Resolve can mean different things to each of us and impact us in different but equally powerful ways. The decisions we make can range from an immediate “Yes, how quickly can we get started?” to “No, I don’t think you’re the right client for us.”
Whether it is yes or no, our decisions are impacted by our resolve to make them, and our resolve to stick with them.
Consider the following questions.
The last time you were faced with a dilemma, did you explore every option to solve it? Do you communicate clearly and often with your colleagues, friends and family that good enough is not enough? Do you ever settle for less than your best or are you committed to start being straightforward, thoughtful, accountable, and having resolve?
Your answers can also help you recognize how someone else’s resolve helped you.
My first job after graduate school was an industrial engineer.
I had a passion for all things automotive and a goal of improving the quality of American automobiles. Even though I was young and relatively unknown in the industry, I coauthored a book about the industry.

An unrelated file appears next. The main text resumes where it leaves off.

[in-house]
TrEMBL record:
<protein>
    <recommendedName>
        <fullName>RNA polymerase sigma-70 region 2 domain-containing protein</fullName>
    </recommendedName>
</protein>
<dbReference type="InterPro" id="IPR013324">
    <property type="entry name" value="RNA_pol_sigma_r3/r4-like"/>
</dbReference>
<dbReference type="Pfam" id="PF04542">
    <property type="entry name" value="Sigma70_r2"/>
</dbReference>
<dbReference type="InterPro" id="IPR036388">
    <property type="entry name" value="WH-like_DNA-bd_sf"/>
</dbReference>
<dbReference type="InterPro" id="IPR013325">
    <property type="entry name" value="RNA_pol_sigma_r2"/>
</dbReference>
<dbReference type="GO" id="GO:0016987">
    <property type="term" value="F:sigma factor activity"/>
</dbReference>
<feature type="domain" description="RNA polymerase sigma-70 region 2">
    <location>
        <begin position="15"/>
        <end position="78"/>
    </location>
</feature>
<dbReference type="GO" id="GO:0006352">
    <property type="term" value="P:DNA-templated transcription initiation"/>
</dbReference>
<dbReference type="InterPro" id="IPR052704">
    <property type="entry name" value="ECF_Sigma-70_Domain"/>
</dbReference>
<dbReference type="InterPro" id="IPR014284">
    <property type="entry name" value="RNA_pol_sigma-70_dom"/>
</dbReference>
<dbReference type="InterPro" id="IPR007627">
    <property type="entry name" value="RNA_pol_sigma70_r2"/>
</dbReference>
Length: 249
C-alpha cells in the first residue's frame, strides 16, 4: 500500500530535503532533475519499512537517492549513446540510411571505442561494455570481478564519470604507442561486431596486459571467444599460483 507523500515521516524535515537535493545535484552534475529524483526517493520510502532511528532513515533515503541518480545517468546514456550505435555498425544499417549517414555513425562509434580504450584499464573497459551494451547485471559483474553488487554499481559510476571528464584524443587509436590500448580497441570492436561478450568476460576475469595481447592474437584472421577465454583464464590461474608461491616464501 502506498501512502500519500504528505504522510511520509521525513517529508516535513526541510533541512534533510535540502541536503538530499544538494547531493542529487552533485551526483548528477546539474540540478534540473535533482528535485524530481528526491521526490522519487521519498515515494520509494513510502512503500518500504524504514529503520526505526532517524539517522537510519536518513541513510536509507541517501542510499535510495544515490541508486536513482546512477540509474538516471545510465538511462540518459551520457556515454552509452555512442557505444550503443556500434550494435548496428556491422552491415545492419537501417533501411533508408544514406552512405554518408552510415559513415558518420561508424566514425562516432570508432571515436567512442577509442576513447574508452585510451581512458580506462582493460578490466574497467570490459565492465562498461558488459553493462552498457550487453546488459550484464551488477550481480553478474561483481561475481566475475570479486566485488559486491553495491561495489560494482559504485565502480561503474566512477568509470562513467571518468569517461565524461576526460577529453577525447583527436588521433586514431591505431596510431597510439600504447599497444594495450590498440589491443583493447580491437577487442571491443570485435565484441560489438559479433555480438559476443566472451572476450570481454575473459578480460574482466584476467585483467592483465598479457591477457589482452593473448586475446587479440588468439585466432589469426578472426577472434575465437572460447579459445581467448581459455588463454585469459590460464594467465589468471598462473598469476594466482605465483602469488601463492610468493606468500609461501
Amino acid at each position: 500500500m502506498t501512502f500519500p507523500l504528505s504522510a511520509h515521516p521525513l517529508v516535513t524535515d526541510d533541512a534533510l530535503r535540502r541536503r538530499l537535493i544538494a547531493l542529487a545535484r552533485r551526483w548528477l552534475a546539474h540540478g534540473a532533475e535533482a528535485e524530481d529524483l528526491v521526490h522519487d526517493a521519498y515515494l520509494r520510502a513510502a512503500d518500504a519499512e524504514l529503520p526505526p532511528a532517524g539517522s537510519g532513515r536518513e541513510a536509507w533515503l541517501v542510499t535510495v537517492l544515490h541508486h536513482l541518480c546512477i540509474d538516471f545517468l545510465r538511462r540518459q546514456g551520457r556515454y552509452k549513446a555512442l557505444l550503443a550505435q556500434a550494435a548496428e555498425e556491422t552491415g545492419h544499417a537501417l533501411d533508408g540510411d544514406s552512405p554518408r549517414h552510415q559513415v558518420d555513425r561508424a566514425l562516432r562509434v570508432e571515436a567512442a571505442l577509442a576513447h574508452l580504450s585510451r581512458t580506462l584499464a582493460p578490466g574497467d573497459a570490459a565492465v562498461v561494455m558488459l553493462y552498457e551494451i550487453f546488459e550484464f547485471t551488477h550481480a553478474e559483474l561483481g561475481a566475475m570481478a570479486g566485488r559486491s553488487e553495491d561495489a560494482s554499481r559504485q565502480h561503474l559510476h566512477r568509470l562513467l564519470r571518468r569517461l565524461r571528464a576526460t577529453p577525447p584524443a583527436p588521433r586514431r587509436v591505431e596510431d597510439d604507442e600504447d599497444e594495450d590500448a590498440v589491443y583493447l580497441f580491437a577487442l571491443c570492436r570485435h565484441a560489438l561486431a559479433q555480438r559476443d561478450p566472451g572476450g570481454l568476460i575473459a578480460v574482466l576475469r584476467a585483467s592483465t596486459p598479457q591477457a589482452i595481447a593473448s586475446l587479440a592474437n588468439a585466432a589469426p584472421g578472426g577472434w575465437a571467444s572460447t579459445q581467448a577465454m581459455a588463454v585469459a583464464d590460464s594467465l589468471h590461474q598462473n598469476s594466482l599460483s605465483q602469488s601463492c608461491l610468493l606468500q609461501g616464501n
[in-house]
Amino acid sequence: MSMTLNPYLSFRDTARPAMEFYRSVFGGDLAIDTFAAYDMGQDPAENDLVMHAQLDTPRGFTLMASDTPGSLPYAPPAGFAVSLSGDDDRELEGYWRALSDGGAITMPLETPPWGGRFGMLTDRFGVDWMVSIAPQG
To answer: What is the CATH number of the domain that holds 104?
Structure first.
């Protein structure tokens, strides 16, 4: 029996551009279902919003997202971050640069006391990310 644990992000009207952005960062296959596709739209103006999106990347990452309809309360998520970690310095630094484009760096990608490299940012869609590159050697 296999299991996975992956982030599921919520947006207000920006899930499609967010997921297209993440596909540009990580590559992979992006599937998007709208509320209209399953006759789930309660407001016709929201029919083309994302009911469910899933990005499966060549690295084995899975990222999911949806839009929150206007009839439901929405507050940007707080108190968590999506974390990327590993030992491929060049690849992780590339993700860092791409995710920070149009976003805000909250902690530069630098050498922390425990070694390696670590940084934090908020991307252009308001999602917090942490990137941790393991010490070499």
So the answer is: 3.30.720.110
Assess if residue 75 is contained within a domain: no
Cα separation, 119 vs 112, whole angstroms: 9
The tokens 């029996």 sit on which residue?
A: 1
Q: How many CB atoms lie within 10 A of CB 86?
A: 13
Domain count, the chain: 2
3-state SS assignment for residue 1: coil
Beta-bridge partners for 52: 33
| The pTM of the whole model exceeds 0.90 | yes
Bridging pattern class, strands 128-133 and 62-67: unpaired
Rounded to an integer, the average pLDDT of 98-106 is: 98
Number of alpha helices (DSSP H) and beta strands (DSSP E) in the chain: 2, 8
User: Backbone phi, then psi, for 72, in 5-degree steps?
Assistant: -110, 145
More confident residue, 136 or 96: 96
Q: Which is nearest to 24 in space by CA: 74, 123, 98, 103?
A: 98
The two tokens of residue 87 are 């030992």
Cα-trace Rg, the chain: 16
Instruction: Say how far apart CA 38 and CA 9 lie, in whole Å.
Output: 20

As a result, I was selected to receive the Automotive Hall of Fame’s Young Leadership and Excellence Award. Long story short, I invited my parents who lived at that time in India to attend the ceremony. They were repeatedly denied visas.
After multiple attempts and resilience on the part of my congressman at the time, Jim Barcia, my parents finally obtained visas.
It meant the world to me to have them at the ceremony.
Congressman Barcia’s unrelenting resolve to help me—even though I was not even a US citizen at that time—inspired my resolve to help the automotive industry and to become a US citizen.
In 2004 when I received the US Department of Homeland Security’s Outstanding American by Choice Award for my contribution to the United States, my thoughts went back to Jim Barcia and his resolve to help me.
Remember: Having resolve means inspiring others and being inspired to make a difference.